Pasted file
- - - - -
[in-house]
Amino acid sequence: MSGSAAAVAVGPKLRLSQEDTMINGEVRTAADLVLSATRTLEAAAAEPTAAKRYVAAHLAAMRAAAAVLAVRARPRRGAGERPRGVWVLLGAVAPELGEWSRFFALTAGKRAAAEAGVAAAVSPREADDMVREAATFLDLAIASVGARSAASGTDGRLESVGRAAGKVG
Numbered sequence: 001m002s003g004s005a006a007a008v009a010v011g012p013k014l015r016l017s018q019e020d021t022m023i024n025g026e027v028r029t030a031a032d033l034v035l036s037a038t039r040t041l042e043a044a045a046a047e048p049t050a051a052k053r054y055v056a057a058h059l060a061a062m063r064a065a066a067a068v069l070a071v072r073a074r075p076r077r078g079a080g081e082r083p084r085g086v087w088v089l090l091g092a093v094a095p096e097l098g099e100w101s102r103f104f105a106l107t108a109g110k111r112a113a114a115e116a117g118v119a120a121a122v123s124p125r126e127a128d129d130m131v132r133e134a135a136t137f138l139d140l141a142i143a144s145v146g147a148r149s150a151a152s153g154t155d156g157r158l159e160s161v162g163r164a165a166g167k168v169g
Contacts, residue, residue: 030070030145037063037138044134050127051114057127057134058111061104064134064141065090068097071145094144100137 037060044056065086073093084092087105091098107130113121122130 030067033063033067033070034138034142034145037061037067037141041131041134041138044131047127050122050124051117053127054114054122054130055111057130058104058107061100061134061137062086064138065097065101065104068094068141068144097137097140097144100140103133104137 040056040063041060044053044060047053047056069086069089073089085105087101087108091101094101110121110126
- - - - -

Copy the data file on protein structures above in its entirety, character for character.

[in-house]
Amino acid sequence: MSGSAAAVAVGPKLRLSQEDTMINGEVRTAADLVLSATRTLEAAAAEPTAAKRYVAAHLAAMRAAAAVLAVRARPRRGAGERPRGVWVLLGAVAPELGEWSRFFALTAGKRAAAEAGVAAAVSPREADDMVREAATFLDLAIASVGARSAASGTDGRLESVGRAAGKVG
Numbered sequence: 001m002s003g004s005a006a007a008v009a010v011g012p013k014l015r016l017s018q019e020d021t022m023i024n025g026e027v028r029t030a031a032d033l034v035l036s037a038t039r040t041l042e043a044a045a046a047e048p049t050a051a052k053r054y055v056a057a058h059l060a061a062m063r064a065a066a067a068v069l070a071v072r073a074r075p076r077r078g079a080g081e082r083p084r085g086v087w088v089l090l091g092a093v094a095p096e097l098g099e100w101s102r103f104f105a106l107t108a109g110k111r112a113a114a115e116a117g118v119a120a121a122v123s124p125r126e127a128d129d130m131v132r133e134a135a136t137f138l139d140l141a142i143a144s145v146g147a148r149s150a151a152s153g154t155d156g157r158l159e160s161v162g163r164a165a166g167k168v169g
Contacts, residue, residue: 030070030145037063037138044134050127051114057127057134058111061104064134064141065090068097071145094144100137 037060044056065086073093084092087105091098107130113121122130 030067033063033067033070034138034142034145037061037067037141041131041134041138044131047127050122050124051117053127054114054122054130055111057130058104058107061100061134061137062086064138065097065101065104068094068141068144097137097140097144100140103133104137 040056040063041060044053044060047053047056069086069089073089085105087101087108091101094101110121110126